November 4, 2005 By Chad Vander Veen
To obtain a valid driver's license under the new federal mandates, a citizen will be required to present extensive documentation. Each state will require, and must be able to verify, a photo identity document -- or a nonphoto identity document that contains both the applicant's full legal name and date of birth. The state must also verify a person's name, primary address, date of birth and Social Security number -- or proof of Social Security ineligibility.
Unfortunately for everyone, it appears more than likely these documents will need to be presented in person, which means everyone in America will need to head to the DMV before May 11, 2008.
Despite the questions over the Real ID Act's passage through Congress, and the uncertain language used in its text, the legislation will make it much more difficult to produce and distribute fraudulent identification documents. The bill requires states to implement advanced security features, which the DHS will define in coming months.
It's unclear, however, when exactly those details will arrive.
"There are people here working on it," said DHS spokesman Jarrod Agen. "But I haven't seen any kind of official timeline for regulations or definitions just yet."
Prospective vendors of the new technology aren't waiting for DHS announcements. Companies such as Anteon and Lasercard -- based in Fairfax, Va., and Mountain View, Calif., respectively -- have developed high-tech ID cards that incorporate security features such as embedded biometrics, laser engraving and optical memory storage, which are just a few features that can address the Real ID Act's requirements.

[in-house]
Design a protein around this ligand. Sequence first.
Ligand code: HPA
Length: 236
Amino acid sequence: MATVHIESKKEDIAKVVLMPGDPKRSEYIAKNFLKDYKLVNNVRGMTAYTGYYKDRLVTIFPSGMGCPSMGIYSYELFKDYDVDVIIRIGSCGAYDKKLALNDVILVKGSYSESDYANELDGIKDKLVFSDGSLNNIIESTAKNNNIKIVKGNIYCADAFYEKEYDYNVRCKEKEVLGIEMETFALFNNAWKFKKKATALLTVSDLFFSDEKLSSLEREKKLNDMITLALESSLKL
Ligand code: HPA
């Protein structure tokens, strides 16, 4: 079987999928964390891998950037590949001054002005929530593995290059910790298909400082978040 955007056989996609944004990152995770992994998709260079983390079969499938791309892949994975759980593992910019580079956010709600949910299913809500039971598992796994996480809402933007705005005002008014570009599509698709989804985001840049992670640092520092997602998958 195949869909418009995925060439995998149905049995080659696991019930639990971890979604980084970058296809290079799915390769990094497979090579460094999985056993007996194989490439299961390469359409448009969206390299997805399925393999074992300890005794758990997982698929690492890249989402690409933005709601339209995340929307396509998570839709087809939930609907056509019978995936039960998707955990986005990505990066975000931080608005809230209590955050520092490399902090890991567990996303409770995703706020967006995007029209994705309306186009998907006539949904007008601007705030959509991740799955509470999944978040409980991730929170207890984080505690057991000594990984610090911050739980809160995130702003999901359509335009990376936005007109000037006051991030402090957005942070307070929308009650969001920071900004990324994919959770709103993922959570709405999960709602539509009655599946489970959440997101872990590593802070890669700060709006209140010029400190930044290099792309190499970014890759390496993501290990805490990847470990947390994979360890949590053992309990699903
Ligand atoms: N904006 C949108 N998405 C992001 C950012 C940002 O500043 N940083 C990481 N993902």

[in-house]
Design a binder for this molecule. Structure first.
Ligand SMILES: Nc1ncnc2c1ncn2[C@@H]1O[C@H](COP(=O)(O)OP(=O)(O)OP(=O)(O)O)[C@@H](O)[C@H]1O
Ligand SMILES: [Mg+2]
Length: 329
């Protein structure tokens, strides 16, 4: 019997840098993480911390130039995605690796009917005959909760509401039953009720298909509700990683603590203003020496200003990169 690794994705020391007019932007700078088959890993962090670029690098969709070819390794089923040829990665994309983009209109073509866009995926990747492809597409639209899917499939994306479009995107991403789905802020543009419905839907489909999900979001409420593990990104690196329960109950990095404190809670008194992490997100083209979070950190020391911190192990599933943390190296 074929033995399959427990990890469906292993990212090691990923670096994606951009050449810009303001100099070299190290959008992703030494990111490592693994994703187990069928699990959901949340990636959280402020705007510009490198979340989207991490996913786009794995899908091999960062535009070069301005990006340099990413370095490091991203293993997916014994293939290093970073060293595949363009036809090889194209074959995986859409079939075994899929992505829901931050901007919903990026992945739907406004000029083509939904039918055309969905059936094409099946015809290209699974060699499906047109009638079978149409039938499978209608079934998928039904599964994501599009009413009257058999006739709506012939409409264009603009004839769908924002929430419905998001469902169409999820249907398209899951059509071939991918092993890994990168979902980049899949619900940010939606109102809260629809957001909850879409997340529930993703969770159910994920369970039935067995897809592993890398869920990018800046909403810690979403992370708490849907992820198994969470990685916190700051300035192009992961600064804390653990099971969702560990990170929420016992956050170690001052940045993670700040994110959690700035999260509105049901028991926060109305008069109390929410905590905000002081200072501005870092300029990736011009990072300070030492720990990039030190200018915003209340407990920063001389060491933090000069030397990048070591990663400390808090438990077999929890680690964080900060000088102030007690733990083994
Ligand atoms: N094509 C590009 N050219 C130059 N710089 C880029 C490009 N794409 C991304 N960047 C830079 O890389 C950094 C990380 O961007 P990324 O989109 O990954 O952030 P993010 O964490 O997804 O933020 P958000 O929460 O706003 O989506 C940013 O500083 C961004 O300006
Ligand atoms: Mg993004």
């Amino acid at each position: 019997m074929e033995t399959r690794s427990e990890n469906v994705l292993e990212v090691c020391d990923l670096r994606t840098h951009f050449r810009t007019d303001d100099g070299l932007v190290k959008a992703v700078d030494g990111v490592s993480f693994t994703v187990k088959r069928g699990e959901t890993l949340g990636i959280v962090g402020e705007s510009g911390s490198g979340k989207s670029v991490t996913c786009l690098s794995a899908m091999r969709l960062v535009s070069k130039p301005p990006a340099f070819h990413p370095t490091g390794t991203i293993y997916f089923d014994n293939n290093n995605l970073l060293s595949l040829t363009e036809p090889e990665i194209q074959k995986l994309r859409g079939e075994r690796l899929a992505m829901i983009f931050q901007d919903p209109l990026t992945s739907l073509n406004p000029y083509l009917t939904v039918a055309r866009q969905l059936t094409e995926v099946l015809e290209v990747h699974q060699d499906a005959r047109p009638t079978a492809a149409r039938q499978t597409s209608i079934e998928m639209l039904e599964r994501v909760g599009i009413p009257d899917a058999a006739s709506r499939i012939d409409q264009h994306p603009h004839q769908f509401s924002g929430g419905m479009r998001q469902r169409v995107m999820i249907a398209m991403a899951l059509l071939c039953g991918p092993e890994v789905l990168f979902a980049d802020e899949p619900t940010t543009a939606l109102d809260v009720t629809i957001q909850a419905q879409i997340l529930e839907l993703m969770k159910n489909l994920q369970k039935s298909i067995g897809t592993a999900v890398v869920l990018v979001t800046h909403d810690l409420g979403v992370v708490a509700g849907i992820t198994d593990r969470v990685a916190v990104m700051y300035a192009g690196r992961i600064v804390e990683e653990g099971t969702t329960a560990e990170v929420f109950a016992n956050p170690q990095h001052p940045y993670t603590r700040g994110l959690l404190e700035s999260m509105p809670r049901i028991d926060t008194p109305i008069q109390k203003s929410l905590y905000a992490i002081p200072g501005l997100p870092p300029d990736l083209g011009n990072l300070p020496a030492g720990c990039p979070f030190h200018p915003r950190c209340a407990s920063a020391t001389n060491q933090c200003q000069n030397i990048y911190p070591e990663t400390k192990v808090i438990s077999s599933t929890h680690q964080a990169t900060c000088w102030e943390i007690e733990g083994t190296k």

"One of the things called for in the Real ID Act is increased security and the ability to store data and read data back, machine authentication, those kinds of things," said Steve Price-Francis, vice president of business development at Lasercard Systems Corp., the company that produces the card platform for U.S. green cards. "We have a security feature based on our optical memory technology which will provide a layered level of security and counterfeit resistance. It will provide very rapid visual recognition. We're able to permanently, irreversibly and unalterably laser-engrave a cardholder's face onto a piece of our optical memory."
Another Real ID Act requirement is that every state's DMV databases be available to all other states. The information in these databases must consist of all the information printed and embedded in each person's driver's license. In addition, paper copies of the documents required to obtain a driver's license must be held by each state for seven years, while images of such documents must be held by each state for 10 years.
Though these technologies and requirements are sure to ignite ire with privacy advocates, Jason King, public affairs director of AAMVA, says many states are already practicing most of the Real ID Act requirements.
"The thing to note, that some people tend not to report, is that state DMV administrators are ahead of the curve in building more integrity into the driver's license framework," said King. "A number of the Real ID Act provisions are already under way. For example, one of the directives in the Real ID Act says states must verify the Social Security number of applicants. Well, 42 states are already doing that today, so that's good news. Also, the Real ID Act requires four reliable forms of ID prior to licensing. Most states already require three."
A critical point of contention for states, even if they are already engaged in some Real ID Act requirements, is whether they will be forced to reissue new licenses to those who already have them.
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